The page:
Dante Gabriel Rossetti
Maccracken - Poem by Dante Gabriel Rossetti
GETTING his pictures, like his supper, cheap,
Far, far away in Belfast by the sea,
His watchful one—eyed uninvaded sleep
MacCracken sleepeth. While the P.R.B.
Must keep the shady side, he walks a swell
Through spungings of perennial growth and height:
And far away in Belfast out of sight,
By many an open do and secret sell,
Fresh daubers he makes shift to scarify,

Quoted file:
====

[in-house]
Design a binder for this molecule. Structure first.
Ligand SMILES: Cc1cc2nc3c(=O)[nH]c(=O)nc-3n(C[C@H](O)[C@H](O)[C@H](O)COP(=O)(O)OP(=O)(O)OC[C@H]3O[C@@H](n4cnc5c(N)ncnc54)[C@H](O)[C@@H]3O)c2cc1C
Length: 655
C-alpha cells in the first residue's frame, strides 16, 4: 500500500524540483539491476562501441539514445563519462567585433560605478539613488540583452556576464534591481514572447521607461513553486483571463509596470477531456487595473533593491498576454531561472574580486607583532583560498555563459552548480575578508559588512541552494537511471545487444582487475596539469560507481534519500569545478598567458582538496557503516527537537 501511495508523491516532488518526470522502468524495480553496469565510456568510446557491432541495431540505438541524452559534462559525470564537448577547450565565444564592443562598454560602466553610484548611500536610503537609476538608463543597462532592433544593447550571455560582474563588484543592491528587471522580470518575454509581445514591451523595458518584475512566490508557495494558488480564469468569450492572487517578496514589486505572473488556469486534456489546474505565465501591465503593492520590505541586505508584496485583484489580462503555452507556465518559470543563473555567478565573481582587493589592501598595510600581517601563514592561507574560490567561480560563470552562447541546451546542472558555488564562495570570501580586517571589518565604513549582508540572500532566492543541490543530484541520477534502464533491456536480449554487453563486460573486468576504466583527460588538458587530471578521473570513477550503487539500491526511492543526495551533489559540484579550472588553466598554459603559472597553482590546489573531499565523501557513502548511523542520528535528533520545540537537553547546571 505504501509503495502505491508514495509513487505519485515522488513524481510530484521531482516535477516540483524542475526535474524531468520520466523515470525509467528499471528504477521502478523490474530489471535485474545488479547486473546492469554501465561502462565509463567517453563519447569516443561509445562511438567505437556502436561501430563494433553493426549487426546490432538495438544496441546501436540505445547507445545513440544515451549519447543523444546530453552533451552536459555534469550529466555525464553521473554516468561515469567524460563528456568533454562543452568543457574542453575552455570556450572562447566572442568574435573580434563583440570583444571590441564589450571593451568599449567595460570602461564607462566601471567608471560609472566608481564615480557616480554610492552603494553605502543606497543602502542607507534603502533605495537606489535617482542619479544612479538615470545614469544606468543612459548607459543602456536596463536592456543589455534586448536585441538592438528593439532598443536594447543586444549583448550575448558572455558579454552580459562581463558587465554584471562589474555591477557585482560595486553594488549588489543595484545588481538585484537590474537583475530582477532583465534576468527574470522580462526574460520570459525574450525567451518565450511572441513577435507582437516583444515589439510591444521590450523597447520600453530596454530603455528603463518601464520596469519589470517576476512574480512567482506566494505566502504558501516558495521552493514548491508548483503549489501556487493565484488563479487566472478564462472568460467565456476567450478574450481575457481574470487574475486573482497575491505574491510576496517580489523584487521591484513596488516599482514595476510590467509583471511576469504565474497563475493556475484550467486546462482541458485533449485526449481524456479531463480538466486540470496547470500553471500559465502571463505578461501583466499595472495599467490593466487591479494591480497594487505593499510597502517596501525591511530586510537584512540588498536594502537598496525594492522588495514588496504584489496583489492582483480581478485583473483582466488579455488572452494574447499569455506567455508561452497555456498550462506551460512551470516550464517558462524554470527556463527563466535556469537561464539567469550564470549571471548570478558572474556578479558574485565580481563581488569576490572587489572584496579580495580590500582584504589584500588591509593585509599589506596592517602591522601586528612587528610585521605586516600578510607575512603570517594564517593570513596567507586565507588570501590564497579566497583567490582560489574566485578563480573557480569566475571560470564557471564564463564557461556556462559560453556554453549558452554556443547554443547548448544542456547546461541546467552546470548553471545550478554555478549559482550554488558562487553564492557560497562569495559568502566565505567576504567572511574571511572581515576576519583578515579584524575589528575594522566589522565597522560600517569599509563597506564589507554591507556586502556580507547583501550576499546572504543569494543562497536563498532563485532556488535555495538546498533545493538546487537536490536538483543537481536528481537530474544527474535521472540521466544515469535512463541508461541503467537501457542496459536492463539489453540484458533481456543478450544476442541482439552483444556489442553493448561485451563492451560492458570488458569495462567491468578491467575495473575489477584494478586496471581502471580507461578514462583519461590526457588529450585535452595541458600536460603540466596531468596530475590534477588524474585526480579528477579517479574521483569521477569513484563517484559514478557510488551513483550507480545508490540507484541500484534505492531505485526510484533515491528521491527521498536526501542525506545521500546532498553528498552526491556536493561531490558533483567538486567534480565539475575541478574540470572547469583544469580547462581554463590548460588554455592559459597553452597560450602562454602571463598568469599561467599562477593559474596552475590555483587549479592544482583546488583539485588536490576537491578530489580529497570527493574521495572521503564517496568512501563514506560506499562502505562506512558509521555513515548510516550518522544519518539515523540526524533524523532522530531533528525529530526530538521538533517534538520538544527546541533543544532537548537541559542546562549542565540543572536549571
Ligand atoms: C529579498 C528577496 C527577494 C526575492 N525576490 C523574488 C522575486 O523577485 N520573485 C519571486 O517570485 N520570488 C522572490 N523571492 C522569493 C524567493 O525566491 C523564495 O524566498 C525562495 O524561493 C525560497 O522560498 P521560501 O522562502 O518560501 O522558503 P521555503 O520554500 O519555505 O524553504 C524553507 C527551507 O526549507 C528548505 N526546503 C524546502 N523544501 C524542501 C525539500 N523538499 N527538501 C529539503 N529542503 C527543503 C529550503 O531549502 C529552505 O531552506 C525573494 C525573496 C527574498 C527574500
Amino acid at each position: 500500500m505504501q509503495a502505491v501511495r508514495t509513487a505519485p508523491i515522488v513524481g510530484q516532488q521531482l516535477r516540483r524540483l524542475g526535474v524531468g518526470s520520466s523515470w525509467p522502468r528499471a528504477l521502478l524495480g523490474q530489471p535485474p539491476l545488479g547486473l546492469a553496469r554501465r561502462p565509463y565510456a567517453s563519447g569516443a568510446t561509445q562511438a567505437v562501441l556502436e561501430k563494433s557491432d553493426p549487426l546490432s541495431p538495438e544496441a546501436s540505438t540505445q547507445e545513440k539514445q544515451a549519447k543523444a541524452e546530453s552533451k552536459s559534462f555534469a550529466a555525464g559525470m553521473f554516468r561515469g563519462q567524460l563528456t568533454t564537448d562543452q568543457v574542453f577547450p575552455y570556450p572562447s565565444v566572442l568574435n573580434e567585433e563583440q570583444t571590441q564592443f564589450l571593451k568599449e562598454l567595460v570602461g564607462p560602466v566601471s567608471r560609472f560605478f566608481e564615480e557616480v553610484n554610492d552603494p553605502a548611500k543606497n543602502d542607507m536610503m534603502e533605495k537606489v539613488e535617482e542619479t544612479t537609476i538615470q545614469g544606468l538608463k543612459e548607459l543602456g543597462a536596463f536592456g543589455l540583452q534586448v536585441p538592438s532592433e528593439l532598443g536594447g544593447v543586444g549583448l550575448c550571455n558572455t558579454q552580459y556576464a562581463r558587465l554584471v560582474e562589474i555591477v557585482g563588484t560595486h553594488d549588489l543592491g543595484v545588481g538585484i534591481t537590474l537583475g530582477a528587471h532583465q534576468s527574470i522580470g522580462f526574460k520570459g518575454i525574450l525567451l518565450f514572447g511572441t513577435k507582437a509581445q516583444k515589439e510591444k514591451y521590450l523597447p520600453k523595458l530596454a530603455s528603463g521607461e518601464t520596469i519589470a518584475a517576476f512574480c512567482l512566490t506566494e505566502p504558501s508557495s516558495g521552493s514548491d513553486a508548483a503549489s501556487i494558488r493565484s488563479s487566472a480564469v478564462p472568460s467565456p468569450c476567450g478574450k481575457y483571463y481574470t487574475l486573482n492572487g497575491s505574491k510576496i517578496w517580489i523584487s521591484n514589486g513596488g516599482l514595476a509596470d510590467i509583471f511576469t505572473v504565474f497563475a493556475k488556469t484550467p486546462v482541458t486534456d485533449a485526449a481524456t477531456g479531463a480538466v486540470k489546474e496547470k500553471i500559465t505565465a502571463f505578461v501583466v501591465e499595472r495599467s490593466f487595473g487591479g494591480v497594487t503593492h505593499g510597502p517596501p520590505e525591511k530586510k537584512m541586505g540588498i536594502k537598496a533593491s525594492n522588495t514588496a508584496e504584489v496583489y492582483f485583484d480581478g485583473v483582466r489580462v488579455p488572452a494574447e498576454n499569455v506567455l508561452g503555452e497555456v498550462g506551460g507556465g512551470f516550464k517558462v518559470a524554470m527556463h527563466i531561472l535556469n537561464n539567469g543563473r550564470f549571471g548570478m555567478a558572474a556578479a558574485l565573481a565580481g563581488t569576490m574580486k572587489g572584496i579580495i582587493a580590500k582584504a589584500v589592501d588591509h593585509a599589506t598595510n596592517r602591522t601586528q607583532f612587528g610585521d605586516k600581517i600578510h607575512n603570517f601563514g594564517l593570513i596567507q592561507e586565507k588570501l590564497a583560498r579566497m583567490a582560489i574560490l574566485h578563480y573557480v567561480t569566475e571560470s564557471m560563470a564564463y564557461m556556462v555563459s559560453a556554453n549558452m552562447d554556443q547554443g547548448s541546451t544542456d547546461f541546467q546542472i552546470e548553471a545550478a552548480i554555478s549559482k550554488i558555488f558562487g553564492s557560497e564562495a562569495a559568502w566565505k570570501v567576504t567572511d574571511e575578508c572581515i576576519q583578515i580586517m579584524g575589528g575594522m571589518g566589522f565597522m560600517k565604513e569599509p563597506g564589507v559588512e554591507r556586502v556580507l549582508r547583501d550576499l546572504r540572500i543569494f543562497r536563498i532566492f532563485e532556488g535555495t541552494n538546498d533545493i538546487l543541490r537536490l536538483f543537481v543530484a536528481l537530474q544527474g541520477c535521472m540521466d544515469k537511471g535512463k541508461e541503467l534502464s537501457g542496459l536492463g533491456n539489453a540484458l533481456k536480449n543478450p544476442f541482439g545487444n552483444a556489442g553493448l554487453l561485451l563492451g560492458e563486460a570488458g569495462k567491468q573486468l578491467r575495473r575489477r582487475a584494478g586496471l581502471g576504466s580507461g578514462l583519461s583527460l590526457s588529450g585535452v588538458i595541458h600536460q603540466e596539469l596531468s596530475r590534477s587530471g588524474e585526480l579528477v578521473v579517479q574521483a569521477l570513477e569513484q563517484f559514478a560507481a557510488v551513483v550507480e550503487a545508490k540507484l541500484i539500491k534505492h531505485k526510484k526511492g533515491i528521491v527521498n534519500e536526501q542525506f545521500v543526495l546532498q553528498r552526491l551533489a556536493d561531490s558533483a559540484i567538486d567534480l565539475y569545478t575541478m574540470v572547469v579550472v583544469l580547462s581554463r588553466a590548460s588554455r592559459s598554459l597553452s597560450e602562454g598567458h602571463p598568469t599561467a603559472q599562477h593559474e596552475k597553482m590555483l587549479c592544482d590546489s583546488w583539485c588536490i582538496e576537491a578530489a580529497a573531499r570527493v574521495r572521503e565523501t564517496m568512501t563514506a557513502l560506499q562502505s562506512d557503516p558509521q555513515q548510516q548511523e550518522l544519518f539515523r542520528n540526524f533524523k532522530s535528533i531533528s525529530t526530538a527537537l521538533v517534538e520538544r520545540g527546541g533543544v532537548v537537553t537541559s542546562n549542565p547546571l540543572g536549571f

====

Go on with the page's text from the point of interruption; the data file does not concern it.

And fleece with pliant shears the slumbering “green.”
There he has lied, though aged, and will lie,
Fattening on ill—got pictures in his sleep,
Till some Præraphael prove for him too deep.
Then, once by Hunt and Ruskin to be seen,
Insolvent he will turn, and in the Queen's Bench die.
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